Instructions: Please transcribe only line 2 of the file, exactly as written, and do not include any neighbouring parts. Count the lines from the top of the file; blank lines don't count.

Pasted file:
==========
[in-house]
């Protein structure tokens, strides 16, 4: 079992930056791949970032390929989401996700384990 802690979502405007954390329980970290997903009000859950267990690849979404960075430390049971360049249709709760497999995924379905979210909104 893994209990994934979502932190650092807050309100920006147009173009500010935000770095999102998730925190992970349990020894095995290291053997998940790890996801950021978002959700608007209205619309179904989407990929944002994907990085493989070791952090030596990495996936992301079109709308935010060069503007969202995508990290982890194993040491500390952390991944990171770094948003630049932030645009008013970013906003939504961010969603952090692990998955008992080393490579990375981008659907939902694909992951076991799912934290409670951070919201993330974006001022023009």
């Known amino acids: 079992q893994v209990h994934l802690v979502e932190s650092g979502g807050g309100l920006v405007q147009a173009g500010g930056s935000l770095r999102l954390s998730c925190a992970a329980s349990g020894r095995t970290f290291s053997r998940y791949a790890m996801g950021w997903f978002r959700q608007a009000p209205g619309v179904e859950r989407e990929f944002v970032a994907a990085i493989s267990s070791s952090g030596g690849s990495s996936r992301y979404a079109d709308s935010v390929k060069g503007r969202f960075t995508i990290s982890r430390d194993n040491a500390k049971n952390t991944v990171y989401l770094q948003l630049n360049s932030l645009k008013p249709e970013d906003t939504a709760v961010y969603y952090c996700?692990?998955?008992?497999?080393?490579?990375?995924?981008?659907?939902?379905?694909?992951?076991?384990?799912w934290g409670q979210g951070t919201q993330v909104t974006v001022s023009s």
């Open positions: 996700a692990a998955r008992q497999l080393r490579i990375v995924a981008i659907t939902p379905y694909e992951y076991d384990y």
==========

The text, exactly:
């Protein structure tokens, strides 16, 4: 079992930056791949970032390929989401996700384990 802690979502405007954390329980970290997903009000859950267990690849979404960075430390049971360049249709709760497999995924379905979210909104 893994209990994934979502932190650092807050309100920006147009173009500010935000770095999102998730925190992970349990020894095995290291053997998940790890996801950021978002959700608007209205619309179904989407990929944002994907990085493989070791952090030596990495996936992301079109709308935010060069503007969202995508990290982890194993040491500390952390991944990171770094948003630049932030645009008013970013906003939504961010969603952090692990998955008992080393490579990375981008659907939902694909992951076991799912934290409670951070919201993330974006001022023009």